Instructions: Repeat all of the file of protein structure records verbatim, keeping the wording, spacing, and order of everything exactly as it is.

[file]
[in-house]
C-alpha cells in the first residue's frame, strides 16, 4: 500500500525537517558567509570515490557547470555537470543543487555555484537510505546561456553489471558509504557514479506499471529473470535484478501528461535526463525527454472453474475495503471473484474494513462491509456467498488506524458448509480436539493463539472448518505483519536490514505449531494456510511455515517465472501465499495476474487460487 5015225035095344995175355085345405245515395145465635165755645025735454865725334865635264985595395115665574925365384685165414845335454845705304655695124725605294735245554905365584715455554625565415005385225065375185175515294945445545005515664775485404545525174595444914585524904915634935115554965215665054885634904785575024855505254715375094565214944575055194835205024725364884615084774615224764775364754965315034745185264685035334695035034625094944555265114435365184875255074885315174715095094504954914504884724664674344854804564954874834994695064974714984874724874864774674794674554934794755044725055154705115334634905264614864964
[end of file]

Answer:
[in-house]
C-alpha cells in the first residue's frame, strides 16, 4: 500500500525537517558567509570515490557547470555537470543543487555555484537510505546561456553489471558509504557514479506499471529473470535484478501528461535526463525527454472453474475495503471473484474494513462491509456467498488506524458448509480436539493463539472448518505483519536490514505449531494456510511455515517465472501465499495476474487460487 5015225035095344995175355085345405245515395145465635165755645025735454865725334865635264985595395115665574925365384685165414845335454845705304655695124725605294735245554905365584715455554625565415005385225065375185175515294945445545005515664775485404545525174595444914585524904915634935115554965215665054885634904785575024855505254715375094565214944575055194835205024725364884615084774615224764775364754965315034745185264685035334695035034625094944555265114435365184875255074885315174715095094504954914504884724664674344854804564954874834994695064974714984874724874864774674794674554934794755044725055154705115334634905264614864964